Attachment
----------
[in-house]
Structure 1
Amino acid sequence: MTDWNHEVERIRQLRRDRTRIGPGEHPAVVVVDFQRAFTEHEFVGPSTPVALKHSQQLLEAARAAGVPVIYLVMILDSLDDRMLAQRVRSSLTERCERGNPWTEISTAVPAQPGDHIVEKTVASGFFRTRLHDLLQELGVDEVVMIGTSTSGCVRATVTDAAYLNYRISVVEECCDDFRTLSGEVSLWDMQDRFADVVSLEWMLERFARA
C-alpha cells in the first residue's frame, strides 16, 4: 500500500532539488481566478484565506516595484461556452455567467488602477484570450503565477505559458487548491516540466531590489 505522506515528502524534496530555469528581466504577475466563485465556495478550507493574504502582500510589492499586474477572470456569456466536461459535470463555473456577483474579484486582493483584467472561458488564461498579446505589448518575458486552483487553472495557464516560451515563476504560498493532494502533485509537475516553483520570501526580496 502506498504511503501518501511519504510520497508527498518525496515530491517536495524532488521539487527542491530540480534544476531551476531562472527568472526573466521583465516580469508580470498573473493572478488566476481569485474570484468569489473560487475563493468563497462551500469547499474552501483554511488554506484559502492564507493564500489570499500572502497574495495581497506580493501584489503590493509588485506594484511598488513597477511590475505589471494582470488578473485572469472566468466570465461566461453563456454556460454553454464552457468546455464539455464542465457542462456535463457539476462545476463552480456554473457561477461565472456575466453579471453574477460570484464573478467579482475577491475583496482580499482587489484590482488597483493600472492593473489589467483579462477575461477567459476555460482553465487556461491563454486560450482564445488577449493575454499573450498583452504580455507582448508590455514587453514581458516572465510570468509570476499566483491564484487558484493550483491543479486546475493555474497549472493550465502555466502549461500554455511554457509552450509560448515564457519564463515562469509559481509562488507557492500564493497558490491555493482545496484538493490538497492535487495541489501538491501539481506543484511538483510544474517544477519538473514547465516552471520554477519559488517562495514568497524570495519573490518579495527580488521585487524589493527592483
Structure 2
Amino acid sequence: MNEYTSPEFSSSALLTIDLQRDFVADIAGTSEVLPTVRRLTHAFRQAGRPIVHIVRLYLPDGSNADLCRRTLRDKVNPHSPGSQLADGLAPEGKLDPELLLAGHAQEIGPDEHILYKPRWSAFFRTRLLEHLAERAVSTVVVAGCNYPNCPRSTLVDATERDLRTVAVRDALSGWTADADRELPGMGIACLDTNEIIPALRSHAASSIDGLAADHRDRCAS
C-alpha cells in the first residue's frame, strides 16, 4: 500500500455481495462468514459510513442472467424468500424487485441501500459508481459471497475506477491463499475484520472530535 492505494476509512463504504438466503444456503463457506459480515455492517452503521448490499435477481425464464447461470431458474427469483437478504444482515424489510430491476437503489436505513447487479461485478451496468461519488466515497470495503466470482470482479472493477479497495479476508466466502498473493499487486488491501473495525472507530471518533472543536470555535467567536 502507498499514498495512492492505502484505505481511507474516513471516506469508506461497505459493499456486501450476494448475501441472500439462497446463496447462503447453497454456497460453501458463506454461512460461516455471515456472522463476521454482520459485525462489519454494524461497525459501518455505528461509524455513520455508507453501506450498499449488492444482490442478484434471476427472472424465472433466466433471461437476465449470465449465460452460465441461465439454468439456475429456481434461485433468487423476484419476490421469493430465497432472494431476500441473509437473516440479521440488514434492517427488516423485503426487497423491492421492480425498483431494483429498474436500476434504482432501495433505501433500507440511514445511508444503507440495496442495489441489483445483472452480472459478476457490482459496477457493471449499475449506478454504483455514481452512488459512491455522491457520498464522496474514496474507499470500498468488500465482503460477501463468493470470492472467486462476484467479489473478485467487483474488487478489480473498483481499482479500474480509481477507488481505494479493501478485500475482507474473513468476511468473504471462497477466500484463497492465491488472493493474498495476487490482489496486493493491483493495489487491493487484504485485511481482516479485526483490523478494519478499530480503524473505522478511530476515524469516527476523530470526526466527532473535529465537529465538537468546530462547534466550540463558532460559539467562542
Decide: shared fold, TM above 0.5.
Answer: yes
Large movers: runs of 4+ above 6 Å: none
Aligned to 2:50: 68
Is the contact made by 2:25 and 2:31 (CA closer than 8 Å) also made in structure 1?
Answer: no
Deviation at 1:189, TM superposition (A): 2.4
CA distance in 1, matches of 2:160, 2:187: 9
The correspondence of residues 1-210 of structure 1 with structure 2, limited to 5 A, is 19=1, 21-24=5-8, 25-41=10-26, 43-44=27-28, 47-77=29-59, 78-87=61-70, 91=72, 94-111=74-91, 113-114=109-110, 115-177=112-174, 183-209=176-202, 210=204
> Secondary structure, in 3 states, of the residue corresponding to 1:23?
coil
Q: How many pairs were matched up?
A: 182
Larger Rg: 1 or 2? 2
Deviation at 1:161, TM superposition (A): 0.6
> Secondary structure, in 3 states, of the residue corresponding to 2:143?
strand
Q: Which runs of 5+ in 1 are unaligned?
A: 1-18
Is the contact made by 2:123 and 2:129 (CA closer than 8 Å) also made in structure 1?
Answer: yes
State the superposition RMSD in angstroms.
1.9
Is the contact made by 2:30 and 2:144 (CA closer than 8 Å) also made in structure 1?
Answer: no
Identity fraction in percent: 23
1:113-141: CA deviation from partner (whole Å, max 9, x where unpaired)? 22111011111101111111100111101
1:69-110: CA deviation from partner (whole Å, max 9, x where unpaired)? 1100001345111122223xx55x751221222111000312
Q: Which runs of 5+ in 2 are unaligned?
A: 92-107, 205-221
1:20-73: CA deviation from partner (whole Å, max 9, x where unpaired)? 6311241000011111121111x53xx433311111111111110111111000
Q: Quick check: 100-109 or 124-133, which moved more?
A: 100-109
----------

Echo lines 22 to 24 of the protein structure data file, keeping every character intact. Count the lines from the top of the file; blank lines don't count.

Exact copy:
Deviation at 1:161, TM superposition (A): 0.6
> Secondary structure, in 3 states, of the residue corresponding to 2:143?
strand